One of the things that most amazes me about hard-right conservatives is their (self-serving) belief that the Founding Fathers never actually intended for there to be any real or significant separation between the church and the state. This link gives a good summary of their position. Basically, they believe that the First Amendment means only that no national religion may be established, and that no "sectarian policy" be pushed on the federal government or any individual state. They seem to envision a better world in which public school children are preached at constantly, and with Ten Commandments monuments marking every bit of public land. (One wonders if Muslim and Buddhist teachers would have the same freedom to talk about their religion, and if Pagan monuments would be as welcome as Ten Commandments ones, but of course they'd probably get around that little issue by falling back on the old chestnut that "this is a Christian country," thus neatly limiting religious freedom only to those they agree with.)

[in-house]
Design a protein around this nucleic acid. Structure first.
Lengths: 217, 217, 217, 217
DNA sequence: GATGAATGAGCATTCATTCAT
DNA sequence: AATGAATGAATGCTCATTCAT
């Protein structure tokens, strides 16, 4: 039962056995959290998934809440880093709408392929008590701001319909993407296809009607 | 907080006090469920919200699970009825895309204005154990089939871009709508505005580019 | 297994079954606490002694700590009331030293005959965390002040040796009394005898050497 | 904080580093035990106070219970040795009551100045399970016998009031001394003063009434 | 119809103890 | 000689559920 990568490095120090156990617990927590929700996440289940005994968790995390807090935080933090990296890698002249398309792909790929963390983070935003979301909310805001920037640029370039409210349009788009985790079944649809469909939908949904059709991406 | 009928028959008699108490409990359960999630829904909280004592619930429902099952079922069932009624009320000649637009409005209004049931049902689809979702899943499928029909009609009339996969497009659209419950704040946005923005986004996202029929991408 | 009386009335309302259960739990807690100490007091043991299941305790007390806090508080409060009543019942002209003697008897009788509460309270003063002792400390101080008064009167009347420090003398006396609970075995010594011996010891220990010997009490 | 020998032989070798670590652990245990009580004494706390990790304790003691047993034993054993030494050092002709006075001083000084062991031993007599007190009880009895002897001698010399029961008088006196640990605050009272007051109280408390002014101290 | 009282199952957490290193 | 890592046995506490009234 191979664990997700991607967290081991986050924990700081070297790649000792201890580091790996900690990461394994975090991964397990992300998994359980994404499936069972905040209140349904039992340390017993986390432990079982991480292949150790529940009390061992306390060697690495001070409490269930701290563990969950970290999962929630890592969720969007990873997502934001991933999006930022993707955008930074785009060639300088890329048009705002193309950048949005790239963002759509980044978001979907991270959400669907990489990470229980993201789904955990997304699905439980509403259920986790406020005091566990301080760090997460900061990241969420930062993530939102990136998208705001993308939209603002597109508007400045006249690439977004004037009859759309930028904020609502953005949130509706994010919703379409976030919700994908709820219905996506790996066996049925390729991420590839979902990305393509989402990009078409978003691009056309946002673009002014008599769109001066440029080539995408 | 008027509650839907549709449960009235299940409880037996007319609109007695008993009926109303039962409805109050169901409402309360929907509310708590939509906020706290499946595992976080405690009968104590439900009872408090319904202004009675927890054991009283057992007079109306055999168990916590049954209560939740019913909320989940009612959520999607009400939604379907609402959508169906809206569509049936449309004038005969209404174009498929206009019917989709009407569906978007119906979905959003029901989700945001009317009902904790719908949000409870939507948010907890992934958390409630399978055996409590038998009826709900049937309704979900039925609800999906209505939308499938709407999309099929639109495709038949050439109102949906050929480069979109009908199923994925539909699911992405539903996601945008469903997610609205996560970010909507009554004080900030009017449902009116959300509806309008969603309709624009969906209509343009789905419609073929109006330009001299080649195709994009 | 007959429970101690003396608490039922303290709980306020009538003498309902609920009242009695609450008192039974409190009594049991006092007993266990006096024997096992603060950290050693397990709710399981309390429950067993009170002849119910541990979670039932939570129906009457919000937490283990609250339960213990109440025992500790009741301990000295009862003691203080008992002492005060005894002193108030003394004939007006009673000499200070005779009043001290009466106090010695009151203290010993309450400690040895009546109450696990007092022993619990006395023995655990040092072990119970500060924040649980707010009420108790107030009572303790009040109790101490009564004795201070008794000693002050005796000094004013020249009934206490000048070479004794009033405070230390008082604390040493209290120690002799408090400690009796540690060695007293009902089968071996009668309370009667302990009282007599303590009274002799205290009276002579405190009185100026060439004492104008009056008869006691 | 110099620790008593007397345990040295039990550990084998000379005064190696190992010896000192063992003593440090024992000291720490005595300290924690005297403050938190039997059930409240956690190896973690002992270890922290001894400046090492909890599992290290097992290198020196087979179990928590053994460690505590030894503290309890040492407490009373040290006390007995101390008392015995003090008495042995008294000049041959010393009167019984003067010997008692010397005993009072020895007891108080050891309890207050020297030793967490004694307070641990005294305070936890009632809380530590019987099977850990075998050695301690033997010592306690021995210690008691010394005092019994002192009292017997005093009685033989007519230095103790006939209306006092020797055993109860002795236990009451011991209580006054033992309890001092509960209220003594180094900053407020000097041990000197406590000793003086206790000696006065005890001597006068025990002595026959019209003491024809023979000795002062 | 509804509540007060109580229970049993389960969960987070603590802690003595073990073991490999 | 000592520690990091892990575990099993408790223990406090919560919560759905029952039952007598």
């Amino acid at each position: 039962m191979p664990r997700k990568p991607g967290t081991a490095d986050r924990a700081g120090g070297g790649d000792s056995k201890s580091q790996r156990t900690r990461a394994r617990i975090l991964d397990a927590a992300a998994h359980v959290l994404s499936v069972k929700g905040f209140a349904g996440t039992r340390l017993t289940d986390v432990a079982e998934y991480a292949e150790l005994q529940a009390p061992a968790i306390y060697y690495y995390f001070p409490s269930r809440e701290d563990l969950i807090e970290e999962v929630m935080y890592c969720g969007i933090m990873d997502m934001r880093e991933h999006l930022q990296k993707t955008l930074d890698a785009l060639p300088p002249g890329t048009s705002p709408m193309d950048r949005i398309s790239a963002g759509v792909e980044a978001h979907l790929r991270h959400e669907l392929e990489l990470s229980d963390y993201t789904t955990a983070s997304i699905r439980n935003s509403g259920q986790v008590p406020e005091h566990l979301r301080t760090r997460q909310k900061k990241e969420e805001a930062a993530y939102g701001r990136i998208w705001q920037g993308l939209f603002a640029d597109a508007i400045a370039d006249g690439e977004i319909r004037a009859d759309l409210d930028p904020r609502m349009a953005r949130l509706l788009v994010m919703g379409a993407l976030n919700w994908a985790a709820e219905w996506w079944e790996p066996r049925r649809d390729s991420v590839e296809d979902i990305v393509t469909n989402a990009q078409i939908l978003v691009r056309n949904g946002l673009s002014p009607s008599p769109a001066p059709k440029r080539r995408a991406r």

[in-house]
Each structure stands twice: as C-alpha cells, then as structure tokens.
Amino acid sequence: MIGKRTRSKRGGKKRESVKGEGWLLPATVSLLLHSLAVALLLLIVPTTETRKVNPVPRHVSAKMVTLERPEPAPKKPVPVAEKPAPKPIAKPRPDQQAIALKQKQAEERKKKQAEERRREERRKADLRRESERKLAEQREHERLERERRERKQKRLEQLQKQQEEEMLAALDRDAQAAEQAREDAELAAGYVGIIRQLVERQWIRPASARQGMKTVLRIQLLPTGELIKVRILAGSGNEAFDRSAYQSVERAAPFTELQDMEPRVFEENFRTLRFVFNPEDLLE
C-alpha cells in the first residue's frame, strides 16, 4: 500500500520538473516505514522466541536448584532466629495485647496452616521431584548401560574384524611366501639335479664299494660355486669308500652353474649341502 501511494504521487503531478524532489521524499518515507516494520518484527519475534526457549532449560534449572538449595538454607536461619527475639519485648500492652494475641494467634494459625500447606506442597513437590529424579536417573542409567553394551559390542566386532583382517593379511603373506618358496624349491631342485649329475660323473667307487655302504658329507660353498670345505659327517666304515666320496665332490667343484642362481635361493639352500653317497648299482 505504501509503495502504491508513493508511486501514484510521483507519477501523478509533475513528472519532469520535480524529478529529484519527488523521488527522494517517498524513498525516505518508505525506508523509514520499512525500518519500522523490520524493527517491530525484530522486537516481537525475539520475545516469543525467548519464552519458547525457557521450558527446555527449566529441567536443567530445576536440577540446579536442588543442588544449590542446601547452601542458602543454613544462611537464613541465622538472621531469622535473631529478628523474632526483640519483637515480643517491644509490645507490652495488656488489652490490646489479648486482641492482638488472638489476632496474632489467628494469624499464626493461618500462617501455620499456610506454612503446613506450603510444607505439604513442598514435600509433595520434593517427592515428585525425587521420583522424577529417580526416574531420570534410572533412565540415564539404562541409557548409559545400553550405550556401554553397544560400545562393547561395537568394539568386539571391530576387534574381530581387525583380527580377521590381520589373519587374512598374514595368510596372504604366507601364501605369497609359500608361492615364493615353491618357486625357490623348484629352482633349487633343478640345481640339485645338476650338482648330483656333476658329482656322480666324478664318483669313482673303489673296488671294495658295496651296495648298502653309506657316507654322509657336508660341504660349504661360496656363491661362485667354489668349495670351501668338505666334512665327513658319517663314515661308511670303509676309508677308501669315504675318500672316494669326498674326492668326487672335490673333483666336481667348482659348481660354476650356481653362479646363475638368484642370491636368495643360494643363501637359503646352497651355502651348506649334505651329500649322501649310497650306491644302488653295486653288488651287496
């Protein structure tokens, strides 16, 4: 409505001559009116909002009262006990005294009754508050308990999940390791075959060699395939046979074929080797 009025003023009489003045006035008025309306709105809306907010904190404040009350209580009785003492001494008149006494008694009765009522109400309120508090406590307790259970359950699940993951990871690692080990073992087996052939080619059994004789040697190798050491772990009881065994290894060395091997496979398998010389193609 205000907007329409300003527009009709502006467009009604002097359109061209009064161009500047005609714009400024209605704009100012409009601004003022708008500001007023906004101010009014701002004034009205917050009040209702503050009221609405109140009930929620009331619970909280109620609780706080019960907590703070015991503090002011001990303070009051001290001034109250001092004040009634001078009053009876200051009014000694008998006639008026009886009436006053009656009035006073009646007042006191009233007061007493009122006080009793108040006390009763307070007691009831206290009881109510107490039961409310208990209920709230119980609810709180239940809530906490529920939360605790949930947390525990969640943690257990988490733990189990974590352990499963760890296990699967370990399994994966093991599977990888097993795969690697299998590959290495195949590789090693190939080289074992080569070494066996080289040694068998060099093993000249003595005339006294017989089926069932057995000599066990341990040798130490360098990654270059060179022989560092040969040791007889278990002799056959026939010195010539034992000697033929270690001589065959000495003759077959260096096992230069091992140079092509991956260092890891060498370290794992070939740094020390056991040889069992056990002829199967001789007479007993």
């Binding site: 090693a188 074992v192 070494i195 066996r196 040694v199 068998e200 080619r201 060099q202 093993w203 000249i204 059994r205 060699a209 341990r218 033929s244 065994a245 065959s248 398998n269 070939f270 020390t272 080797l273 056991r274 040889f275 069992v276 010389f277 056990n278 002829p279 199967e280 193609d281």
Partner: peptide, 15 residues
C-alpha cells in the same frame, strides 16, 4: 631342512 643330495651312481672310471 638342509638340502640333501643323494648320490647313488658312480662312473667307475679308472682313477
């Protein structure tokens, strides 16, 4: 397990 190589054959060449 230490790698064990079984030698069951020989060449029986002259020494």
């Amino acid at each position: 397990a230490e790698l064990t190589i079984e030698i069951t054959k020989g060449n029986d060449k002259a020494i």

What I really find amusing here is the contention that the ACLU has used the First Amendment to "tell pastors that they do not have the right to speak freely from their pulpits applying Scripture and church teaching to candidates and elections." I don't believe anyone's ever argued that. Churches aren't "public" in the sense that they're on government land. That's obvious. But tax-exempt institutions can't make political endorsements, which seems perfectly reasonable to me. If churches don't like this, there's a simple way around it-- start paying taxes, and then the government can't tell you what to do.